Strangle strategy for options

Discussion in 'Options' started by lasner, Apr 1, 2006.

  1. lasner

    lasner

    I've been selling naked calls in the past and had great success with it, until recently. It's pretty much bulls**t.

    I wrote two canadian calls at 93 in June, they're already worthless. I wrote three rough rice calls at 1040 in July a couple of weeks ago and they are at the same price. I also wrote seven july $17 calls in Silver about a month ago and pretty much got my ass kicked. Silver went crazy, I exited all of them but two and took a loss.

    My question is this I don't want to write naked calls or puts anymore but I want to do some strangle strategies.

    For the rough rice contract I'm currently in I'm thinking about keeping my three calls in june at 1040 and writing puts outside of the money to offset any lossed that may happen.

    What do you guys think? Have you tried strangles and had good success with them?
     
  2. I'm not sure I understand the shift in your strategy--you had bad luck with losses on selling premium, so you're going to sell even more premium? Either way, you have to accept unlimited risk in exchange for the odds being in your favor.

    Strangles require the same management any other position (particularly short gamma) requires. You need to adjust to keep your deltas sane and in sync with what you expect to happen.

    Take a look at condors (iron or otherwise)--they are essentially the defined-risk strangle. (Much like a butterfly is a defined-risk straddle)
     
  3. lasner

    lasner

    What about selling 3-4 calls out of the money and then buying buying one call close to the money in the same month.
     
  4. cnms2

    cnms2

    You mean buying a ratio call spread (selling a call backspread). Draw its pay-off graph to see how your position value changes with the price, over time. Your profit is maximum around the OTM strike.

    <img src=http://www.elitetrader.com/vb/attachment.php?s=&postid=1027238>
     
  5. (1) Be willing to sell shorter-dated options. In silver, sell May instead of July. Same thing in rice. You'll get the time decay and volatility decay kicking in sooner. (2) You seem to be always bearish because you're only selling call options. If a market is in a well-defined uptrend, consider selling puts instead. Get comfortable with that before getting involved with straddles & strangles. (3) With physical commodities (except cattle?), implied volatility will rise and possibly spook you out of some positions too soon, no matter how far out-of-the-money you are. (4) If you really feel bold, you can sell straddles 5 minutes before the non-farm payroll number & Fed announcements and hope that the market doesn't move too far afterwards. Start out with a one-lot first.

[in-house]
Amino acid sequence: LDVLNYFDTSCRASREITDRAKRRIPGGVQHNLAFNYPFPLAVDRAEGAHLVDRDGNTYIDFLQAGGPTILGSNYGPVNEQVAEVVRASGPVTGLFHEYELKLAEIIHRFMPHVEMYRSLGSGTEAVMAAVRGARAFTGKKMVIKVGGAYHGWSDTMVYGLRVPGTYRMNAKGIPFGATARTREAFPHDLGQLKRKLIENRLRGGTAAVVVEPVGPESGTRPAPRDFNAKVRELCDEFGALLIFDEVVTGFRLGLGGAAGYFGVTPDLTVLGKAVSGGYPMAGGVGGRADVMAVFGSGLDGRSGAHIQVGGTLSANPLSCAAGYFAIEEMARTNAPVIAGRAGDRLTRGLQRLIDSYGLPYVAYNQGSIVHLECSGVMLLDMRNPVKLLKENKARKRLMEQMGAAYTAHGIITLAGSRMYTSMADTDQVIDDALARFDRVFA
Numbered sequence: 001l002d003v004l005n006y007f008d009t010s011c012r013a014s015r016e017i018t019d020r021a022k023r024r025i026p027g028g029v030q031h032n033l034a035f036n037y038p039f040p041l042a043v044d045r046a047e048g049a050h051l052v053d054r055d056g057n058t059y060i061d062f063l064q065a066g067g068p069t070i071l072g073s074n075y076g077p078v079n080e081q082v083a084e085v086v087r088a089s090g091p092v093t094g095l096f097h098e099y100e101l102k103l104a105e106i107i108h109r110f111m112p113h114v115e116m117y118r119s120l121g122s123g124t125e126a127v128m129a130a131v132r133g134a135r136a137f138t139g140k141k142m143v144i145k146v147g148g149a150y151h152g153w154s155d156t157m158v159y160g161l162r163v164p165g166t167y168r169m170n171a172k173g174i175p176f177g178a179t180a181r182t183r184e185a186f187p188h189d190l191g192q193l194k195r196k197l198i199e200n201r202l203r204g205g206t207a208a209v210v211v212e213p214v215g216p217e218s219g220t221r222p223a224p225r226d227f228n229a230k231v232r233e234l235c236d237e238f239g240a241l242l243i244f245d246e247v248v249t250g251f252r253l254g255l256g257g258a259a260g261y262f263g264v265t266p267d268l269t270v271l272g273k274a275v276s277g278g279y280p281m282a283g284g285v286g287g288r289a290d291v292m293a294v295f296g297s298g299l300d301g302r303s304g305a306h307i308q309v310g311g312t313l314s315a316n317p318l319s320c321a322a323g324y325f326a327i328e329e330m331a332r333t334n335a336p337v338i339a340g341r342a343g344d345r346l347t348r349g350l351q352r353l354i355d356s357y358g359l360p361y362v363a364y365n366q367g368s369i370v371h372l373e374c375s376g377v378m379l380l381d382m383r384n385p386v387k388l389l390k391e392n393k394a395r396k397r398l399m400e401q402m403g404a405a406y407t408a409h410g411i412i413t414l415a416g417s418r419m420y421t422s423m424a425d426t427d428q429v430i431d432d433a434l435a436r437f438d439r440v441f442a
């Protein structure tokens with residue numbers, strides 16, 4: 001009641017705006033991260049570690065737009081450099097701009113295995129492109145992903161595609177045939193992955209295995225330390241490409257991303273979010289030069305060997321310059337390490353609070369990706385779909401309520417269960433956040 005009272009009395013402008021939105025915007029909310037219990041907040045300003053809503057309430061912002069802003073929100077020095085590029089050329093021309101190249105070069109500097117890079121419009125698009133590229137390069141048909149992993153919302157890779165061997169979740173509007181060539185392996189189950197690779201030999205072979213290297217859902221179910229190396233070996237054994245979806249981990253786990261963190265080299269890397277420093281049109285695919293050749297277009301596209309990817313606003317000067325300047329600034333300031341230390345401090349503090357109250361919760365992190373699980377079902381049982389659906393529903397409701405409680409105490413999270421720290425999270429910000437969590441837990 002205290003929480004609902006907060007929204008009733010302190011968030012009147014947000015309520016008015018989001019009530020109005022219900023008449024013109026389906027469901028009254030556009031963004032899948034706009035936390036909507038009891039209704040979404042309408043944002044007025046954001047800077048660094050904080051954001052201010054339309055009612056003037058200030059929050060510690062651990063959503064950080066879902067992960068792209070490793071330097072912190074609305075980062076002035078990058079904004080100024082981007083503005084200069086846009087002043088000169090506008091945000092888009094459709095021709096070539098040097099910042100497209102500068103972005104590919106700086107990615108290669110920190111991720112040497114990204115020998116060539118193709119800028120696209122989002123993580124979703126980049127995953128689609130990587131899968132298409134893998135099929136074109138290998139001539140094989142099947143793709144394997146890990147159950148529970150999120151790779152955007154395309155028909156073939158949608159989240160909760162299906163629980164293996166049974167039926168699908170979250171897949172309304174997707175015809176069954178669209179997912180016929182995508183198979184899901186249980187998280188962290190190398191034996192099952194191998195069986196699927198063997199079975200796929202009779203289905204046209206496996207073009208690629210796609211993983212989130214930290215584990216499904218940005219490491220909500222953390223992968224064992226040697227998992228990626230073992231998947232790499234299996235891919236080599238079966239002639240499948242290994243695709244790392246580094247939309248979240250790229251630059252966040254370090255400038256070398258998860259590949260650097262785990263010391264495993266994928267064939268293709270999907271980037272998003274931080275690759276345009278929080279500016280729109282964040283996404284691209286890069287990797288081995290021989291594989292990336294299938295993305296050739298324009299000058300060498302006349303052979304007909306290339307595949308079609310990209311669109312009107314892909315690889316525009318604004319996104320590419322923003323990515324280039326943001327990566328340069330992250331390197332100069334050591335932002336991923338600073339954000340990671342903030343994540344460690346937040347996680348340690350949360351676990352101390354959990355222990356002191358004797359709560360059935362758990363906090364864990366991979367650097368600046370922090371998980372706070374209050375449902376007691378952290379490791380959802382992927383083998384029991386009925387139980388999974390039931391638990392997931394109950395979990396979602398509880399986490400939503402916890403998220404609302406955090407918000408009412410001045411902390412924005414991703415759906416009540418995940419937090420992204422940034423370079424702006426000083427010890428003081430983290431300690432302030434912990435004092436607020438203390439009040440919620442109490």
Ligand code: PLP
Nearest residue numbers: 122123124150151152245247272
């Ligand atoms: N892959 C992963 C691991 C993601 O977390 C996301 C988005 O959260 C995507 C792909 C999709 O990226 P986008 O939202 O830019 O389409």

6. lasner

    lasner

    What about going into serial contracts, contracts that don't have underlying futures contracts.

    Would you say it's okay to go into a june silver option contract rather than a may or july. Is there enough liquidity in those contracts?
     


  7. yes yes yes Bingo!
     
  8. jj90

    jj90

    By the way you phrase your questions, you aren't that experienced in trading options. Here's a question you should ask yourself 1st. Why am I selling naked options which are risky enough, to selling strangles and trading ratio spreads? Now your playing russian roulette with 2 guns instead of one.

    Anyways, a safer way to sell premium is to short verticals. Also, as brought up already, sell frontmonth options as they have the highest time decay. Also if you sell in 1 direction and are wrong, and decide to sell in the opposite direction, eg. sell calls when up then sell puts, buy back those calls. Otherwise your short a strangle on which your wrong on 1 side already.
     
  9. Has anyone considered selling strangles about 1 or 2 std dev ITM, with a 30 - 60 day expiration where the IV is at least 10% higher than the HV? I've been testing it and it has worked well, even in this highly volatile environment. Although it may seem counter-intuitive to do this, it really makes good sense if you analyze the potential benefits to detriments. The biggest risk is that the options may be exercised. As long as the premium received is greater than the difference between the market price when exercised and the strike price, you'll be o.k. With each passing day the theta, as well as the vega in all likelihood, would be working in your favor. Your planned exit would be to enter a stop at break-even. Even with slippage, the loss in all probability would be minimal. The good thing about selling ITM is the premium received on both sides. This gives a greater margin for error.

    Walt
     
  10. Wow, nice necro.

    As I read your post, I was trying to figure out what it meant for a strangle to be ITM.

    I have a feeling you mean writing an ITM call (low strike) and an ITM put (high strike). Just so's you know, that position is equivalent to writing the put at the low strike and the call at the high strike.

    There's really no advantage to tying up additional cash in the amount of the difference between the strikes. There's no greater margin for error, because it's all intrinsic and it will always be intrinsic, and you will pay it all back when you close the position.
     
    #10     Jan 31, 2008